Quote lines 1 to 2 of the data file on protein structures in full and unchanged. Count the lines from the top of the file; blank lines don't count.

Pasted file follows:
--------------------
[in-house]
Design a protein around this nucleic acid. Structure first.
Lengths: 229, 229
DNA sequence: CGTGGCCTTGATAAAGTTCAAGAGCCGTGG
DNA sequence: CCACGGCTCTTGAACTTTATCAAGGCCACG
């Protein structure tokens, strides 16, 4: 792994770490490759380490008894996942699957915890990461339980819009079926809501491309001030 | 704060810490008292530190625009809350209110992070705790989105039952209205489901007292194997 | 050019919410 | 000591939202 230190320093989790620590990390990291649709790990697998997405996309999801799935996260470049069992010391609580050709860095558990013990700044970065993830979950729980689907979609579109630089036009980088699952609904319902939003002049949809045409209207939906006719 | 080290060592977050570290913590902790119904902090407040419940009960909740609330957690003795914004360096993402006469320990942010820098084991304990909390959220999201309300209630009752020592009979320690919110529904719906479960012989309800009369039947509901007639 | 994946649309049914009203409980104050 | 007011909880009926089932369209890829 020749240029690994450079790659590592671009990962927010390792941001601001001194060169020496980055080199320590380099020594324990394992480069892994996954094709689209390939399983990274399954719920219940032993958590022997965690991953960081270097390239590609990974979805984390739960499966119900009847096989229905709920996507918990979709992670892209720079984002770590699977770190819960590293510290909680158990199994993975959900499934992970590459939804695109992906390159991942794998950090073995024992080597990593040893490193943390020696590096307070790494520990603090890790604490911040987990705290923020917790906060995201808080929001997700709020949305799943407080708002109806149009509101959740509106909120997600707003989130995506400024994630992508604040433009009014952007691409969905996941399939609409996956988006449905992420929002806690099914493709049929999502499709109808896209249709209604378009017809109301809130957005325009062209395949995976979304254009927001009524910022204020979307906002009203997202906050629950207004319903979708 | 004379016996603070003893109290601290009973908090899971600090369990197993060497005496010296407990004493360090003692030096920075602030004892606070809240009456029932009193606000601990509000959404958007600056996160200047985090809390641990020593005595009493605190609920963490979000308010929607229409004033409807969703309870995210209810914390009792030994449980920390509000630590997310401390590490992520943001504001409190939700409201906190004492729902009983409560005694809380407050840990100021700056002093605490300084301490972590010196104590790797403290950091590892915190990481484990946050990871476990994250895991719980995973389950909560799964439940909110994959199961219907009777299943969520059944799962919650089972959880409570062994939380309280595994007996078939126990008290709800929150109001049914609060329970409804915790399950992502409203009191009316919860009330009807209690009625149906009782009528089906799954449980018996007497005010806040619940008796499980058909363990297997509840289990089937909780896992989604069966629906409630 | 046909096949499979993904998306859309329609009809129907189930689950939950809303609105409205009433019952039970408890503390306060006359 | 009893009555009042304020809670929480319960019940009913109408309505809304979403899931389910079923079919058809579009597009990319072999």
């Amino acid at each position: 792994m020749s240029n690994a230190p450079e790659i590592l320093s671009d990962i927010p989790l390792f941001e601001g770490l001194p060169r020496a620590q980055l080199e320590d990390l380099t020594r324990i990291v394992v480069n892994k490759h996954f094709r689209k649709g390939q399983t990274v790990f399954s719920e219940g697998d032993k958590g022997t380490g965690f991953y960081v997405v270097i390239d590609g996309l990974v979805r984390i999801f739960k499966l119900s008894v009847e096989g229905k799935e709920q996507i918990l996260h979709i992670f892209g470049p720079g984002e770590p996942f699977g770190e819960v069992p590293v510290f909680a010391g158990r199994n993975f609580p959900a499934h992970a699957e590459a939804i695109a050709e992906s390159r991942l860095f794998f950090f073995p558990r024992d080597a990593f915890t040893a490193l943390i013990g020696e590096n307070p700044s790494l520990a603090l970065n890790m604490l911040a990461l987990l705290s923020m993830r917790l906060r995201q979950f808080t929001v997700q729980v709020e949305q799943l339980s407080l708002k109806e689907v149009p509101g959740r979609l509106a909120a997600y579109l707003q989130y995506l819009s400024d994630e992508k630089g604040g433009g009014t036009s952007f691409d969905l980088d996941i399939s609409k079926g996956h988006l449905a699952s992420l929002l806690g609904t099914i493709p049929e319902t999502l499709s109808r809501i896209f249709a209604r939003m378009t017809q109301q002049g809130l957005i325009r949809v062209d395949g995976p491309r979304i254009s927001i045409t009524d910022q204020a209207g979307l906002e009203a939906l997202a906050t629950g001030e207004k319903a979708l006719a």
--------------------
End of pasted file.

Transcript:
[in-house]
Design a protein around this nucleic acid. Structure first.